Go-eun scolds Anthony for cutting his flight time so close with his insistence on delivering the tape himself, especially when it’s a job Dong-seok could have done alone. “Do you have to do this to the end?” she asks exasperatingly.
“Because this is the end, I really want to hand it over myself,” Anthony replies. She at least seems to understand, and agrees to wait for him at the airport. Dong-seok overhears the conversation even though he has no idea why Anthony is really headed to the States.
The SBC Execs are notified that Anthony is on the way with the tapes, and can breathe just a little easier.
While waiting, Go-eun finally thinks to check the board of departure times… and doesn’t find Anthony’s red-eye flight time listed. Which means he lied to her, and he really did give his eyesight up for the drama. Sigh.
At least she calls him up straight away to confront him on his lie, which he admits he used because he knew she wouldn’t let him go if he told the truth. Which is true, since she tells him this was the last chance to treat his eyes.
Anthony: “That’s right. It might have been the last, very tiny chance. Maybe I wanted to find that slightest hope, like a piece of thread. But this is my last drama. When I knew that my last drama could be horribly ruined, I couldn’t just leave it behind.”
Go-eun: “Are you saying it was more important than your own eyes?”
Anthony: “Yes. Because this is my last drama, as well as your first drama.”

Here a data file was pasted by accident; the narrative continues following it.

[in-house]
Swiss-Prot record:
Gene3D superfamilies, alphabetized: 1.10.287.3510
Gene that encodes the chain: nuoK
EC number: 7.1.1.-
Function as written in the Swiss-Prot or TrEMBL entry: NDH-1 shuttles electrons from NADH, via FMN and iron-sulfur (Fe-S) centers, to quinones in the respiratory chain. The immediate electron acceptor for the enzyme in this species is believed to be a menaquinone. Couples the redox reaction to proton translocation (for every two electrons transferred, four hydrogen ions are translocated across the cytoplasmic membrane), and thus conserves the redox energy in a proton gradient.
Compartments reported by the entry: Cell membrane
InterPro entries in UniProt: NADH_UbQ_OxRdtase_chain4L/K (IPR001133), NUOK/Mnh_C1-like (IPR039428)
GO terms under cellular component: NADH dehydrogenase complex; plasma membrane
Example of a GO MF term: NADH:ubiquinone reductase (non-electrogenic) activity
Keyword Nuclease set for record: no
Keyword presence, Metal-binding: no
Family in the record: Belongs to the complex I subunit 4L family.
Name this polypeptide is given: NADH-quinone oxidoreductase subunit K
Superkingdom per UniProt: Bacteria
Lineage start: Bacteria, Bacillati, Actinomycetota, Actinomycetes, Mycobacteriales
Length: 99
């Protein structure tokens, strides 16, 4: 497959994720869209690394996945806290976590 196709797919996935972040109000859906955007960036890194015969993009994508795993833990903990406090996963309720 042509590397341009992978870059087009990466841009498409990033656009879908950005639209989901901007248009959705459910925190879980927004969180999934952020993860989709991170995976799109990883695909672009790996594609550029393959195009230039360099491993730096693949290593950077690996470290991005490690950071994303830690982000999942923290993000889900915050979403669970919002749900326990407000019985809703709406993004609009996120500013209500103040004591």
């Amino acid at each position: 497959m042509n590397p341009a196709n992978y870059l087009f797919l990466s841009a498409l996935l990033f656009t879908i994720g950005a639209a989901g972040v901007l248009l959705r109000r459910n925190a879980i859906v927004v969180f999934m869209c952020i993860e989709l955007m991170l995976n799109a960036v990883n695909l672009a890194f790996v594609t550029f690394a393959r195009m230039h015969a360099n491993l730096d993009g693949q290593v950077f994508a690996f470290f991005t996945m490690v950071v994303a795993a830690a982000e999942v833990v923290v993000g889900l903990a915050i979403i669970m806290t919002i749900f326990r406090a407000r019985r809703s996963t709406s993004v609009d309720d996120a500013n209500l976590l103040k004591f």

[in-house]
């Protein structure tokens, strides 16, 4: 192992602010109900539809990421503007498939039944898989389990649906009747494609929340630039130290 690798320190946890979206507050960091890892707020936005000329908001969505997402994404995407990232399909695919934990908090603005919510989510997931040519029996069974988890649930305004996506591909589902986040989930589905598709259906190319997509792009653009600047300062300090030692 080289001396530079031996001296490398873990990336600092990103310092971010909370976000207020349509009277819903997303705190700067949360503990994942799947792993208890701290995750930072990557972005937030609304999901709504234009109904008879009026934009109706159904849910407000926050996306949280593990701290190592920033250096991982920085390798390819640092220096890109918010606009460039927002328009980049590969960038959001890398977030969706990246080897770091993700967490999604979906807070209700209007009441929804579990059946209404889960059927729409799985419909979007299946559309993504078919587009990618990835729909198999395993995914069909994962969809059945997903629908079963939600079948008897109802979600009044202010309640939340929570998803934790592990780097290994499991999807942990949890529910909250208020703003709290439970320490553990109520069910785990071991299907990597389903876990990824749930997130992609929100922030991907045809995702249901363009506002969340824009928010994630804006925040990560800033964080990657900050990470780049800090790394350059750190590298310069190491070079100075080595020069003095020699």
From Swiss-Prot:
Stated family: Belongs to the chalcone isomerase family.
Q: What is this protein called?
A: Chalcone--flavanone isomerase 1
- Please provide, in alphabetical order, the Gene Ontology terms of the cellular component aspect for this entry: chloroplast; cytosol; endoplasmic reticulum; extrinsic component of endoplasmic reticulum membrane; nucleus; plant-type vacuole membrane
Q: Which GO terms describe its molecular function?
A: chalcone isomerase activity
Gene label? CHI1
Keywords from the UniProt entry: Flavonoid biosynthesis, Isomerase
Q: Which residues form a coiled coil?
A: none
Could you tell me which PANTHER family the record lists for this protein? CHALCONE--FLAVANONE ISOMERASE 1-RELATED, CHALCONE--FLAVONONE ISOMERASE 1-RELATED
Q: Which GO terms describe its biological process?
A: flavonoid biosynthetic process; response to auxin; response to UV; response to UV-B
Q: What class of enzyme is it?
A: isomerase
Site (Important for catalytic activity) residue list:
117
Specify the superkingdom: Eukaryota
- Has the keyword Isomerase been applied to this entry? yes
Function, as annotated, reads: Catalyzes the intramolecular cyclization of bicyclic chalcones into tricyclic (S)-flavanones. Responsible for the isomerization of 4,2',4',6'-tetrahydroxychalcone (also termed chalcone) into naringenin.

He apologizes, but there’s nothing Go-eun can do now. Dong-seok asks about the phone conversation again, and Anthony evades the question. Again.
…And then they get in a car accident.
In the airport, the crash of luggage on the floor mirrors the sound of the accident and works to startle Go-eun from her thoughts.
Dong-seok stumbles from the car with a bleeding head, and makes his way over to Anthony’s side. Anthony all but falls out of the car with an even more severe head wound, and the lost look in his eyes has Dong-seok crying in fear.
But when Anthony looks up from the ground, all he sees is the bloodied face of the motorcyclist who died kneeling in Dong-seok’s place.
Despite his wounds, Anthony produces the tape from his jacket with a shaking hand. “Instead of me,” he ekes out, “you should go and hand it over.”
Dong-seok refuses to leave his side, and Anthony has to reassure him that the bystanders have called an ambulance. He all but orders Dong-seok to go lest he face his wrath later, and when Dong-seok finally does break away, Anthony falls unconscious.
Go-eun gets the call from Dong-seok, and her face falls. Anthony seems to be teetering on the edge of consciousness as he’s carted away in an ambulance.